Serial vs Self-Encapsulated Story

I enjoy binge watching shows through Amazon or Netflix. I bounce between liking shows that have a long story arc that the screenwriters spread across  several episodes and shows that self-encaspsulate a story into each episode. Recently I started watching a show that started as a spy show with each episode being self-contained. Slowly this show introduced a story line that ended up taking them four seasons of episodes to complete. I did not want to pay attention that long to figure out what sinister conspiracy was behind everything. I gave up watching the show. I read the episode recaps on wikipedia to find my desire for resolution satisfied.

I want television shows to find a way to wrap up their storylines after a couple of episodes or one season. Stretching across several seasons to solve the purpose for the show wears me down. I think the television show “Lost” is a great example of a show that started off with a good balance between long story arcs and individual storylines that could be finished up each episode. Unfortunately the show “Lost” became lost in its own story after a while and ended up being a self-indulgent mess.

So I have been thinking about my disappointment in shows that can’t figure out how to tell a story with conclusions and then reflecting on what this means for my preaching. I know as a person in the pew listening to another preacher that I am not very patient with the preacher that has several false endings. I watched a person preach online, and behind the preacher I saw the band shuffling towards their instruments. The band thought the sermon was wrapping up. They knew the cadence of the preacher, or at least they thought they did. The preacher went on for several more minutes. I wonder if that preacher went on with his sermon as punishment to the band that assumed they knew where the sermon was headed.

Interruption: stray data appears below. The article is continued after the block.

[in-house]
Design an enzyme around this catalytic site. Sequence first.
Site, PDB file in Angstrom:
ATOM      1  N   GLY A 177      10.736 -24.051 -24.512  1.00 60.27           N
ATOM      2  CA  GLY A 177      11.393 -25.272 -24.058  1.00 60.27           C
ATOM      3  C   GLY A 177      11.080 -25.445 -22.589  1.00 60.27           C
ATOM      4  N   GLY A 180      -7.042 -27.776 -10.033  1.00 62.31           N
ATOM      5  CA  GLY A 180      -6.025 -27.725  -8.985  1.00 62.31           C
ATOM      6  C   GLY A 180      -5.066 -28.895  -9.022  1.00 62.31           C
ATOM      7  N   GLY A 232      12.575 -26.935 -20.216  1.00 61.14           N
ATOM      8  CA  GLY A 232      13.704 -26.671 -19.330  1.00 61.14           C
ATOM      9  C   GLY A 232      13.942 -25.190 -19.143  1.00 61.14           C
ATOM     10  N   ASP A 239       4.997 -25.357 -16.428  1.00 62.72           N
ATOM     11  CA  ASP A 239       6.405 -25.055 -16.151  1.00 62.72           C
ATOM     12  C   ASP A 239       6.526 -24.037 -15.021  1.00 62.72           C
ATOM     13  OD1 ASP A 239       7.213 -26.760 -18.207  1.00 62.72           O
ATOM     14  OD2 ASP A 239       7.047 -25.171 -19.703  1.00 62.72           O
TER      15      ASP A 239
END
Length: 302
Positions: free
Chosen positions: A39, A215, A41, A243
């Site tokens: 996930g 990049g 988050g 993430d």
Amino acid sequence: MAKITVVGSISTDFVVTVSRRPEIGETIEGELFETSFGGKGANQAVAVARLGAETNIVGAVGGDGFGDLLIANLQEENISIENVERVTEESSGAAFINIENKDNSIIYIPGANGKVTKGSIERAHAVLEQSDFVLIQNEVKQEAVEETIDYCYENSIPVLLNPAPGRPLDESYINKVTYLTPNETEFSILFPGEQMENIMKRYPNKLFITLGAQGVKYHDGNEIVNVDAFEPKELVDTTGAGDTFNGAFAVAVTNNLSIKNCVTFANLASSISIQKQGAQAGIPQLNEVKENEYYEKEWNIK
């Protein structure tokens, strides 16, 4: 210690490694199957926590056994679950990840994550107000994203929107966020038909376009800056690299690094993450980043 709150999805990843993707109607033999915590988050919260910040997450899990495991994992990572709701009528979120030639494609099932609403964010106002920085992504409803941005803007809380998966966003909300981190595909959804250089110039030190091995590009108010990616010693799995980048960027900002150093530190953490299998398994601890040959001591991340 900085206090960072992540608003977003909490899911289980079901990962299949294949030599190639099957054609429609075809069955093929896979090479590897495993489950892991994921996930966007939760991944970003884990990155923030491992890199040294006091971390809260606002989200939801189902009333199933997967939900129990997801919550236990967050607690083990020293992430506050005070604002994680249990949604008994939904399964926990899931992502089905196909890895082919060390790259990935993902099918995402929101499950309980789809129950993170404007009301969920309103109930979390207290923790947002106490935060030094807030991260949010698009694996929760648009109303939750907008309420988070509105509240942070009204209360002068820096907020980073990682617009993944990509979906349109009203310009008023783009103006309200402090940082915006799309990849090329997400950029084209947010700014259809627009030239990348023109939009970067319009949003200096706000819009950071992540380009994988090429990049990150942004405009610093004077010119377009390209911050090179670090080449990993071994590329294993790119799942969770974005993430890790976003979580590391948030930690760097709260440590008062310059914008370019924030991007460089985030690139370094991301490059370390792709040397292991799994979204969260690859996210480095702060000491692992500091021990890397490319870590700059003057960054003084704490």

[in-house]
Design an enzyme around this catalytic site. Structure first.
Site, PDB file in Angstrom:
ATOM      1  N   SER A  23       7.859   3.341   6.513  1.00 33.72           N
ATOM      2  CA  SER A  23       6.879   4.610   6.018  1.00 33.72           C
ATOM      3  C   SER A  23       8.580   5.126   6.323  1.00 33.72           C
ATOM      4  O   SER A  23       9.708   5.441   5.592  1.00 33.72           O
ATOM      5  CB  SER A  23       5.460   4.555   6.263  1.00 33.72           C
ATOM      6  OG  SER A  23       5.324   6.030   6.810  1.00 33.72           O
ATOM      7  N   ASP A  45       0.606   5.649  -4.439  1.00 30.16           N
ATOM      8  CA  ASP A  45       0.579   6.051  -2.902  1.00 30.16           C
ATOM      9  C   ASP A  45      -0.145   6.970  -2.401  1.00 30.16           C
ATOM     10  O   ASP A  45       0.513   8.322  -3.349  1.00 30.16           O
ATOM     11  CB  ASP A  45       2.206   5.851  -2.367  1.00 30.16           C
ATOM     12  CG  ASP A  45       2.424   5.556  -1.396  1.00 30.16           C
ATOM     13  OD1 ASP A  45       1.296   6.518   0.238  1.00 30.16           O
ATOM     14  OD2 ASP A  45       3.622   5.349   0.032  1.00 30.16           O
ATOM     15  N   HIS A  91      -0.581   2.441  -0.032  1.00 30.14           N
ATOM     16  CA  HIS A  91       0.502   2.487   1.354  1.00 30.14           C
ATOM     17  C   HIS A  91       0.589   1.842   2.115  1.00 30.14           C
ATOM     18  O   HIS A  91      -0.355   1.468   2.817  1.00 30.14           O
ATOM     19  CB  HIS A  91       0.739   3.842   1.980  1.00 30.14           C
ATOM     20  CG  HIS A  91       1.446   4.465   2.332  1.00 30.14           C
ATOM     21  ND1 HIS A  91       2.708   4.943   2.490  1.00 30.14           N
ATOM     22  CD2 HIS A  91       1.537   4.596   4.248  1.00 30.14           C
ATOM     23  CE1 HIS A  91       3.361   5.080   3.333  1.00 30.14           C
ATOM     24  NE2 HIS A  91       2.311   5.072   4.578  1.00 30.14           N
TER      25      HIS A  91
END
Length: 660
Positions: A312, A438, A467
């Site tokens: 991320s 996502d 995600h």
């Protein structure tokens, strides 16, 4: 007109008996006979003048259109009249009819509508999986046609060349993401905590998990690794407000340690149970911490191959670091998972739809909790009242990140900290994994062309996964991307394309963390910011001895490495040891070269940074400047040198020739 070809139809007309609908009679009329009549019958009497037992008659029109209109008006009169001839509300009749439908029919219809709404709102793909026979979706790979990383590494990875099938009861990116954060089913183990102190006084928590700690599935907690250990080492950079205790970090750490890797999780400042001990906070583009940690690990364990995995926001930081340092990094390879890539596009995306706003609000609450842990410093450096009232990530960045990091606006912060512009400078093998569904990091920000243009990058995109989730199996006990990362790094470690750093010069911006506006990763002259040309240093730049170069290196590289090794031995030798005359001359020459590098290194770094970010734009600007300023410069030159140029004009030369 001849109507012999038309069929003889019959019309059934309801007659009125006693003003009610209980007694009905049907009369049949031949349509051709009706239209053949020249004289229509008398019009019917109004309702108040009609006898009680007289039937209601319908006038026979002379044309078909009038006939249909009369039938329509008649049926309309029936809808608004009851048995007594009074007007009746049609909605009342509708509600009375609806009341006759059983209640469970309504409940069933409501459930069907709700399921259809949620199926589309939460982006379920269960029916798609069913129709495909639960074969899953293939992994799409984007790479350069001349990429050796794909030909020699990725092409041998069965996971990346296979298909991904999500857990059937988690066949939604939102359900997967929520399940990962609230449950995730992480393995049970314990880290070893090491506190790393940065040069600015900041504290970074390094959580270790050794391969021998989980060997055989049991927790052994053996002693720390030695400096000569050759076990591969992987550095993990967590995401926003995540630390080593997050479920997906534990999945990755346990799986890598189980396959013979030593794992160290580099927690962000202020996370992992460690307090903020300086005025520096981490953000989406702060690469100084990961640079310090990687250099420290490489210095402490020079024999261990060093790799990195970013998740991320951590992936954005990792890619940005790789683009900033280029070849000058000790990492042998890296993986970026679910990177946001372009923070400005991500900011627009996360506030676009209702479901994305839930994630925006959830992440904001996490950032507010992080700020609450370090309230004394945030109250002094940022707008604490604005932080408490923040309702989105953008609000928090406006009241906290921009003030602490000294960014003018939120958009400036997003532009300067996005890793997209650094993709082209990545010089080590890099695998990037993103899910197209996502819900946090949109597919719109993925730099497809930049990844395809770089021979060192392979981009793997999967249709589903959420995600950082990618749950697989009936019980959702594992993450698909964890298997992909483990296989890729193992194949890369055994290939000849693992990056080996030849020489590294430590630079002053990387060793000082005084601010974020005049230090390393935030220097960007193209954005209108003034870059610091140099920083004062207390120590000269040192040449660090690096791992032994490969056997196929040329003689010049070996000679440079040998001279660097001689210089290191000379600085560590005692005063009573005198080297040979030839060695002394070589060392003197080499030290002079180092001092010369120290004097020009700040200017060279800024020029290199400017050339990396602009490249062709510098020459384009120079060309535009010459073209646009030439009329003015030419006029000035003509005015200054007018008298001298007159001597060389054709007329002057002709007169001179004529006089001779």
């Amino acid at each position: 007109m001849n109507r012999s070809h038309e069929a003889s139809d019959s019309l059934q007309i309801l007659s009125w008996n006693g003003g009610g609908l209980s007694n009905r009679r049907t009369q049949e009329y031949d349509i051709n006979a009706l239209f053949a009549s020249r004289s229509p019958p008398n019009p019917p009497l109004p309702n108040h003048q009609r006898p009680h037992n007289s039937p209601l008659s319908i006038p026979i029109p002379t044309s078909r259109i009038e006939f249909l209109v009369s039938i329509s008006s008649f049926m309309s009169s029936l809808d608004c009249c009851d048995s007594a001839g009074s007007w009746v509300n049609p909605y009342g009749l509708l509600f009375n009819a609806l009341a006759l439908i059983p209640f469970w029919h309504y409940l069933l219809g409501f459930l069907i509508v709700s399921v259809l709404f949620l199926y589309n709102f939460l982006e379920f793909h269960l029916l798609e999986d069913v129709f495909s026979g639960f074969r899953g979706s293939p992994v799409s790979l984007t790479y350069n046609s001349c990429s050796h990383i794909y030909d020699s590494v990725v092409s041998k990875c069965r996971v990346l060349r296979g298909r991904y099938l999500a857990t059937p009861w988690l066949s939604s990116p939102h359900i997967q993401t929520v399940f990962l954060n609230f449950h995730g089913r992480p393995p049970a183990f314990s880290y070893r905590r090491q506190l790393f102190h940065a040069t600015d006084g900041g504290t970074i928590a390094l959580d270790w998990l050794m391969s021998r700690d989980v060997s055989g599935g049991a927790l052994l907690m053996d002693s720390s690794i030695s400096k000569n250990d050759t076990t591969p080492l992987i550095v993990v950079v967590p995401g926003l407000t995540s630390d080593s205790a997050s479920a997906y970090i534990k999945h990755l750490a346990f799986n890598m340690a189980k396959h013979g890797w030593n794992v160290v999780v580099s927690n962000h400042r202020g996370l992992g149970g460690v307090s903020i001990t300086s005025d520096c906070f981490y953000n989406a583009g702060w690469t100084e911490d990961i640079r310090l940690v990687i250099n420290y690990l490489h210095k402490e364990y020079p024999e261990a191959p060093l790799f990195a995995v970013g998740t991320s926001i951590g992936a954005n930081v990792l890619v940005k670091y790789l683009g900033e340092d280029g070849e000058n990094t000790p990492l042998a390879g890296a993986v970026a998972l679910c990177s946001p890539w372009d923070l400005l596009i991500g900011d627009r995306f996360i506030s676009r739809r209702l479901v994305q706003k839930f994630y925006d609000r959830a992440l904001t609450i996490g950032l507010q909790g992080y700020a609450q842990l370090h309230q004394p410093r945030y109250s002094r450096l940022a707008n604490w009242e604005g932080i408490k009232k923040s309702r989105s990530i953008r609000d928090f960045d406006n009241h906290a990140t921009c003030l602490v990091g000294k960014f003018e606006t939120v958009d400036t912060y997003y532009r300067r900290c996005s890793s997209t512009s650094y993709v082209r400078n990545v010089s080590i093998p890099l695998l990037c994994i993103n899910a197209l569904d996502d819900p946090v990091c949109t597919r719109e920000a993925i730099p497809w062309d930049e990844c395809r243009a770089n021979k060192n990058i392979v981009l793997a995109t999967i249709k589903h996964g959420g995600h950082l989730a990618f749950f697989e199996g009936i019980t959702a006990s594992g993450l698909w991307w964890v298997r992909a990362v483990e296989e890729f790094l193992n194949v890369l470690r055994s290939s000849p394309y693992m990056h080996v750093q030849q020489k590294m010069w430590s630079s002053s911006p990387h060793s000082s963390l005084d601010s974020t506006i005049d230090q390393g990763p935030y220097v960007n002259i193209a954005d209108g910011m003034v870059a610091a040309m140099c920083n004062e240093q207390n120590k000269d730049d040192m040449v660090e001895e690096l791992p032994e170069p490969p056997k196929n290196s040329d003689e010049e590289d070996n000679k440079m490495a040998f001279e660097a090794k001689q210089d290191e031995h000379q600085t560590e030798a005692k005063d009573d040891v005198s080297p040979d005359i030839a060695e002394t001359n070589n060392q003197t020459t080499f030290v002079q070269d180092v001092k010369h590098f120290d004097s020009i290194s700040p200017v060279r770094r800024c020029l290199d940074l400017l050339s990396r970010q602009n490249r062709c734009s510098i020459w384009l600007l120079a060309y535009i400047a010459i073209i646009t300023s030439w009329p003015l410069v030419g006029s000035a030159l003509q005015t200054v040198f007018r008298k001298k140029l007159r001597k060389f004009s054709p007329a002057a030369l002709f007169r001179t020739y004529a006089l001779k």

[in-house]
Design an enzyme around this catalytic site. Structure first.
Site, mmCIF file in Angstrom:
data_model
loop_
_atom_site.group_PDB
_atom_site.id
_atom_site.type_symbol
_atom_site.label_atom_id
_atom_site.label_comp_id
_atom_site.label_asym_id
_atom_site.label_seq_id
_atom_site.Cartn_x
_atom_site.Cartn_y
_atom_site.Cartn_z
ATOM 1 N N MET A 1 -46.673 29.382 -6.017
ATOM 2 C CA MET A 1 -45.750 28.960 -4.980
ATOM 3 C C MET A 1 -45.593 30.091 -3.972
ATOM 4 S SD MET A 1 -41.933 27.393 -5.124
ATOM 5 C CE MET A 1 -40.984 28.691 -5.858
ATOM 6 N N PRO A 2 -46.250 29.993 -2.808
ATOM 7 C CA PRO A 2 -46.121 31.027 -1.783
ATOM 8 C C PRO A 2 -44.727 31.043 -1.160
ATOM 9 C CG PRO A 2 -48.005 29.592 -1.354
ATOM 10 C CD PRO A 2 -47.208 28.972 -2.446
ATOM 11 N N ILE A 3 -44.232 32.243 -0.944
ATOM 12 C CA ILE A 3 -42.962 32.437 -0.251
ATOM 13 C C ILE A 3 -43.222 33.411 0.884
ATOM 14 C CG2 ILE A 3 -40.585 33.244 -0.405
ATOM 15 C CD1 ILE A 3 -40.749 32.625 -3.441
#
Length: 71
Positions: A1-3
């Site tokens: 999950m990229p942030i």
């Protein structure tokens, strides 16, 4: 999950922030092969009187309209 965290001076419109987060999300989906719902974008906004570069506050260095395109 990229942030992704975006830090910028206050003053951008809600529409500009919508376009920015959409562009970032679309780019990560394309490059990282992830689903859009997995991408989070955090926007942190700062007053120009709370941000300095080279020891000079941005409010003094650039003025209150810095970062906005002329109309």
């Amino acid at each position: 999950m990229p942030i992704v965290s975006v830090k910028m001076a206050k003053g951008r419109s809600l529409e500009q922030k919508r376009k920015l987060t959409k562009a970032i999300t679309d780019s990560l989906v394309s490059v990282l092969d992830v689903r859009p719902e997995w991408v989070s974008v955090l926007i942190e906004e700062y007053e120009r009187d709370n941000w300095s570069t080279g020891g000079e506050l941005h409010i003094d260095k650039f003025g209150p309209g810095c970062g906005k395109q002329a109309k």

Humbly, I notice that when I preach I have had this problem. I look at the people shuffling and moving in the pew. I want to tell them, “Oh no, you think my sermon is almost over but I have two more pages of notes. Buckle up and get ready.”

In my own life, I wish each day had a neat conclusion. Days blend into months. Years slide into decades. I still have not found too many neat conclusions in my life. Some stories just seem to disappear because sadly friendships slide away. I wish I was better at nurturing friendships. Other stories in my life keep showing up, even though I want to move on. Satan is amazingly adept at repeatedly turning up in my life.

Some days do develop as self-encapsulated plots. I am glad my marriage has been a long arc in my life that has no end in view. I think my marriage will not become like a show that has gotten lost in its own story because we have made a commitment to each other to remain faithful to the covenant of love. Each story in our marriage has its roots in our promises of love. The stages in our love to each other remain fresh and exciting because we are also connected to the great story that is developing between us.

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I trust that the long story arc of my relationship with God will remain fresh and exciting. I know the end. God is my eternal salvation. I know some days I don’t see the plot, and I get worried that my life is going nowhere special. But during these aimless wandering moments, I have found tremendous strength in rooting myself to God’s promises. The Spirit of God strengthens my soul in dark moments by keeping in my view the light of God’s love. I live in the light of the resurrection, but some days the shadows of betrayal on Holy Thursday seem to hang heavy.

My story with God is different than the television shows I binge. I don’t know how the shows will end, and when I do anticipate the ending the show loses my interest. I know how my story with God will end, but amazingly my interest in God does not get exhausted. I love God revealing the adventure of every day. I think God has figured out how to balance revealing the long story arc and the self-encapsulated story.

Do you see the story that God writes in your days? I hope you see that God fills the story of your days with His love.